Is it just me who tends to be irritable, less motivated, running for the cake and sweets when days are shorter?
For as long as I can remember, I have struggled to get up and find enough energy to be alert in the darkest months of the year. I am not the chirpiest or happiest of people in the morning in the summer by any stretch of the imagination, but I manage to get up much more easily than I do in the winter.
Every single year, it starts when the clocks back for daylight saving time in October. November has always been the worst month of the year for me. The mere thought of it makes my chest tighten.
It was tough when I lived in the North of France and the sky was turning dark just before 5 p.m. When I moved to England, I had no idea it would be worse, and the grey canvass that is sometimes the sky in dull winter months would actually turn darker and darker as early as 3 p.m.
Leaving home for work in complete darkness always made me feel dreadful. I could never live further North, no matter how much I fell in love with the Scottish Highlands or Iceland when I visited.
I first heard about Seasonal affective disorder (SAD) about 6 or 7 years ago, and I very quickly put 2 and 2 together.
What is SAD? It is basically winter blues. People suffering from seasonal affective disorder have normal mental health throughout most of the year but tend to get anxious, lethargic or irritable in the winter. It made complete sense!
In the past few years, I have had a number of SAD lights and alarm clocks simulating sunrise. The first one was a NAF NAF one I was given as a present and I loved it. Although it helped, it used a regular light bulb and after a year or so, it stopped working. I then got a Philips one. I loved it but after a couple of years, I must have dropped it and the light stopped working (non-replaceable LED bulb).
I also have a large SAD light in my middle room, which gets quite dark and gloomy. I even bought a travel SAD light for my mum for Christmas. You could call me a SAD light expert, or at the very least an obese dive SAD light user! I use my SAD light for photography in the winter months. It is brilliant and it means not using the flash indoors, resulting in much nicer photos. A large number of my food photos are taken using my SAD light with a muslin over it to soften the harsh brightness of it.
Lumie has been on my mind for years, but despite the excellent reviews on Amazon, they were always slightly more expensive than the others I went for.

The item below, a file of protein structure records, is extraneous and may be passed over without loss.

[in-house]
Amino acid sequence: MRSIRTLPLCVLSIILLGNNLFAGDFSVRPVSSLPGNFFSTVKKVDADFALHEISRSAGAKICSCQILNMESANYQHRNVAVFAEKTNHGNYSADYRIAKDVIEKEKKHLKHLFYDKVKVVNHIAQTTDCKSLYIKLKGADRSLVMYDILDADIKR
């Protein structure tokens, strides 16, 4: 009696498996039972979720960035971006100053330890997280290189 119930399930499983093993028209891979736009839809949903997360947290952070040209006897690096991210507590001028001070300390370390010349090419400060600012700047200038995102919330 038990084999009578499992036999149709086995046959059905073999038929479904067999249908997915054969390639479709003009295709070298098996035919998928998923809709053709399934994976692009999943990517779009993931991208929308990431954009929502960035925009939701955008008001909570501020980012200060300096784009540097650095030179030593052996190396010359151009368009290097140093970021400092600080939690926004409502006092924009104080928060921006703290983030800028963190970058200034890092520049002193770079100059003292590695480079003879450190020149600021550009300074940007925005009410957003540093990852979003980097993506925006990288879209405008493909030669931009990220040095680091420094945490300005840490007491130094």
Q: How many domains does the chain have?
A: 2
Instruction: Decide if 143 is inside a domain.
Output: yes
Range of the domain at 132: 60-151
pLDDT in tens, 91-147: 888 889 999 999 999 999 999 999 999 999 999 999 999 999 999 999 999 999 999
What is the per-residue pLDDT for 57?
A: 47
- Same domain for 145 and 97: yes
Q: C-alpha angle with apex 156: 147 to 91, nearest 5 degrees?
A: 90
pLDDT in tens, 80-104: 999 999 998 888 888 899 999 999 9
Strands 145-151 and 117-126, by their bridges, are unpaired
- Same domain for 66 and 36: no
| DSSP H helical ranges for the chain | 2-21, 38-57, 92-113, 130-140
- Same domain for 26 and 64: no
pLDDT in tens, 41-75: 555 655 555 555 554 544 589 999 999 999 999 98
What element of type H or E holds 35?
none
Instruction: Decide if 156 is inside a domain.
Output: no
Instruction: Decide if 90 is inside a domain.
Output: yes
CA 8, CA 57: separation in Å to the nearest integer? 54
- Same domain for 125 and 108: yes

Last year, my sister-in-law asked for a Lumie Bodyclock for her birthday and she loved it so much I decided to invest when I got my new bedroom. When I got offered to try a Lumie product of my choice, I jumped at the chance!
I have to say I could have opted for all of them. If it was up to me, I would have a SAD light in every room of the house. I went for the versatile Lumie Zest, because it is so portable and can double up as a photo light on the go.
When I unpacked the Lumie Zest, I was even more impressed than I had anticipated. It is incredibly compact, which makes it the perfect travel companion, and a European plug is included, with a great clip-on system to easily convert my UK plug into a French one in a few seconds. Now that is what I call a travel SAD light!
It is really compact. Its stand, which can be placed in two different positions (one as a SAD light, one as a sunrise simulator) tucks neatly in the back of the Zest for when you are travelling.
The Lumie Zest’s design is modern and sleek yet it looks great in my retro-inspired office space.
Although I have been using sunrise alarm clocks for years, it is my first time trying a sunrise simulator that is also a SAD light and I have not been disappointed. It is an excellent SAD light and I love the fact you can fine-tune the intensity of the light and programme the length of time you spend in front of the light.
I find that with my big light in the living room, I tend to overdo it and spend most of the day with it on, resulting in regular headaches. That will not happen with Lumie Zest if you set it up.
I have been using my Lumie Zest since for a couple of months. I will not lie and say mornings became easy peasy from day 1, but I did notice an improvement straight away. Although I still snooze once and struggle to get out of bed, once I am up, I am up and considerably more energetic than usual and in a much better mood than the ‘normal’ me. I am also having one cup of coffee only, and do not feel like I need a second cup to face the morning.
Next year when the clocks go back, I might not be a happy bunny (who would be?), but I think I will know I can survive the winter with SAD.
The lovely people at Lumie are offering one of my readers their own Lumie Zest (lucky you!). To be in for a chance of winning this brilliant alarm clock / light, follow the instructions below.
How to enter the giveaway:
You can pick and choose a range of ways in which to enter. The only one you must click on to get into the draw is the one asking you to leave a blog post comment. You must also leave a comment telling us what benefits of light therapy you would most enjoy after checking Lumie’s website.
Entries are open until 23.59 p.m. GMT time on 22 March 2016. Good luck!
– The prize will be supplied directly by Lumie.
– The giveaway is open to UK residents over 18.
– All opinions and photographs are my own.